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Circulation. Cardiovascular genetics

Common variants in HSPB7 and FRMD4B associated with advanced heart failure.


PMID 20124441

Abstract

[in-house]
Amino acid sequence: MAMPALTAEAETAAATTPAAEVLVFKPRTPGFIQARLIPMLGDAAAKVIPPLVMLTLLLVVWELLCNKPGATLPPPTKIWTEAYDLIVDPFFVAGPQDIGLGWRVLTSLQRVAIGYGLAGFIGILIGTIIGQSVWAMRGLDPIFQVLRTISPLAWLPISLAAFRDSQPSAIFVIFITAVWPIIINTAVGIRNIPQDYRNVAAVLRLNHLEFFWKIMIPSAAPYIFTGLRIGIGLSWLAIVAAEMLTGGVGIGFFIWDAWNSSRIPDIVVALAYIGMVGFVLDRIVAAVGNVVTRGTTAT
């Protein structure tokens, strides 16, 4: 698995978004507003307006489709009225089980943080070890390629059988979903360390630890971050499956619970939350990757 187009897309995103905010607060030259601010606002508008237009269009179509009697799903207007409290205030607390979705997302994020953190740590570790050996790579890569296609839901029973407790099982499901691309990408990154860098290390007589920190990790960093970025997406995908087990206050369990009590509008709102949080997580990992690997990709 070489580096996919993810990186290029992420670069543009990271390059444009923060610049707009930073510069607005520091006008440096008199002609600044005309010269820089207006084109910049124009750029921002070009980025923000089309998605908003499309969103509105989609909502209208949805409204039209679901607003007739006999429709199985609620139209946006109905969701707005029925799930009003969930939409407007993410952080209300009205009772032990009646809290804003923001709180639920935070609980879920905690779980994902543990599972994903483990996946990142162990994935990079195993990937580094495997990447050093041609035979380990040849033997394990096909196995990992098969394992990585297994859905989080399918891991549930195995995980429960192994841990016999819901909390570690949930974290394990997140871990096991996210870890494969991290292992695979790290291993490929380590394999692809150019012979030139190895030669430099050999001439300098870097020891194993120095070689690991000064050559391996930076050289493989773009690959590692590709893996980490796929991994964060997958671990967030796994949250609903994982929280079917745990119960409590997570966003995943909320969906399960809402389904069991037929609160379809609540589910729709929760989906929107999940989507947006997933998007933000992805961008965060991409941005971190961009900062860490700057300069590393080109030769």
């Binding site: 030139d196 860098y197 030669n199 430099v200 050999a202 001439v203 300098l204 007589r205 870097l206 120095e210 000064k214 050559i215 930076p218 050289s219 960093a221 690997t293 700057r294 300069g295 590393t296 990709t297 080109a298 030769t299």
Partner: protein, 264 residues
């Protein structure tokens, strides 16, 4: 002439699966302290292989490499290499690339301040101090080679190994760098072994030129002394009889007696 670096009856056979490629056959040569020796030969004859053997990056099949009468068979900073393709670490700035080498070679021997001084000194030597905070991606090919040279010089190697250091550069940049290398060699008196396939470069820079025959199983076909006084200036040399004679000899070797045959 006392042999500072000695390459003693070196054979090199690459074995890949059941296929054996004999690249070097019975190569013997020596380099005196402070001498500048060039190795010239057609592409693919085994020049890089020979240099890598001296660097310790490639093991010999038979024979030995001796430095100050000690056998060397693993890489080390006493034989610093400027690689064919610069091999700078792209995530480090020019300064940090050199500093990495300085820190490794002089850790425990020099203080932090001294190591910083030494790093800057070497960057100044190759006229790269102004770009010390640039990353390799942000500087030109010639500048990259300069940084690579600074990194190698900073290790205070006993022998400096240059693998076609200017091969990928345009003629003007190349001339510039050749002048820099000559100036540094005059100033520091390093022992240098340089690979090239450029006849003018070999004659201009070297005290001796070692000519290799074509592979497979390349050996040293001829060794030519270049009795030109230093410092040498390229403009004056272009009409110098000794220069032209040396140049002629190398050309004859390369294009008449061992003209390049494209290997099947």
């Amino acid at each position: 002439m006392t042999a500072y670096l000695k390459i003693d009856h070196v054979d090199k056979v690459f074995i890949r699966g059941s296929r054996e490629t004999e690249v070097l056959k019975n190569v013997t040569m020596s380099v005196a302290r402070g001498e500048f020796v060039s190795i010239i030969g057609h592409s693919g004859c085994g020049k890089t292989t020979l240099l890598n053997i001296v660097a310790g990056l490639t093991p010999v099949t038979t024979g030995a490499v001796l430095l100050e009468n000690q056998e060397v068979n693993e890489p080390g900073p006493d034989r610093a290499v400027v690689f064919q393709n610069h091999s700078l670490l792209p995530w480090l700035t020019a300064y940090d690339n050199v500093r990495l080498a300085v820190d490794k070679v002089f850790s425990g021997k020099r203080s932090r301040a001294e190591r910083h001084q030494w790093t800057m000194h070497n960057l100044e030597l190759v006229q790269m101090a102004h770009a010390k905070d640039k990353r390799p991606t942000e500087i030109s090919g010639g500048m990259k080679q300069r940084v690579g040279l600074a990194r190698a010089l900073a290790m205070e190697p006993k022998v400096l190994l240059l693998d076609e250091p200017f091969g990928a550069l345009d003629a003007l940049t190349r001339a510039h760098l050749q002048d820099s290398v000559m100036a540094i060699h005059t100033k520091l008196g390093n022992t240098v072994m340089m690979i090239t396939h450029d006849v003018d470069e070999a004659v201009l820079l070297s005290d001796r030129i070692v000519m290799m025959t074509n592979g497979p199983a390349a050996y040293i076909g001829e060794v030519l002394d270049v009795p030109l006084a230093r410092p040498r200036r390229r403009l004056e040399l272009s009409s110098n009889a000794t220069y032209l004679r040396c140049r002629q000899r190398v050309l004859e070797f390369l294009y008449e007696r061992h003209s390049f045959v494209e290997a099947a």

Heart failure results from abnormalities in multiple biological processes that contribute to cardiac dysfunction. We tested the hypothesis that inherited variation in genes of known importance to cardiovascular biology would thus contribute to heart failure risk. We used the ITMAT/Broad/CARe cardiovascular single-nucleotide polymorphism array to screen referral populations of patients with advanced heart failure for variants in approximately 2000 genes of predicted importance to cardiovascular biology. Our design was a 2-stage case-control study. In stage 1, genotypes in Caucasian patients with heart failure (n=1590; ejection fraction, 32+/-16%) were compared with those in unaffected controls (n=577; ejection fraction, 67+/-8%) who were recruited from the same referral centers. Associations were tested for independent replication in stage 2 (308 cases and 2314 controls). Two intronic single-nucleotide polymorphisms showed replicated associations with all-cause heart failure as follows: rs1739843 in HSPB7 (combined P=3.09x10(-6)) and rs6787362 in FRMD4B (P=6.09x10(-6)). For both single-nucleotide polymorphisms, the minor allele was protective. In subgroup analyses, rs1739843 associated with both ischemic and nonischemic heart failure, whereas rs6787362 associated principally with ischemic heart failure. Linkage disequilibrium surrounding rs1739843 suggested that the causal variant resides in a region containing HSPB7 and a neighboring gene, CLCNKA, whereas the causal variant near rs6787362 is probably within FRMD4B. Allele frequencies for these single-nucleotide polymorphisms were substantially different in African Americans (635 cases and 714 controls) and showed no association with heart failure in this population. Our findings identify regions containing HSPB7 and FRMD4B as novel susceptibility loci for advanced heart failure. More broadly, in an era of genome-wide association studies, we demonstrate how knowledge of candidate genes can be leveraged as a complementary strategy to discern the genetics of complex disorders.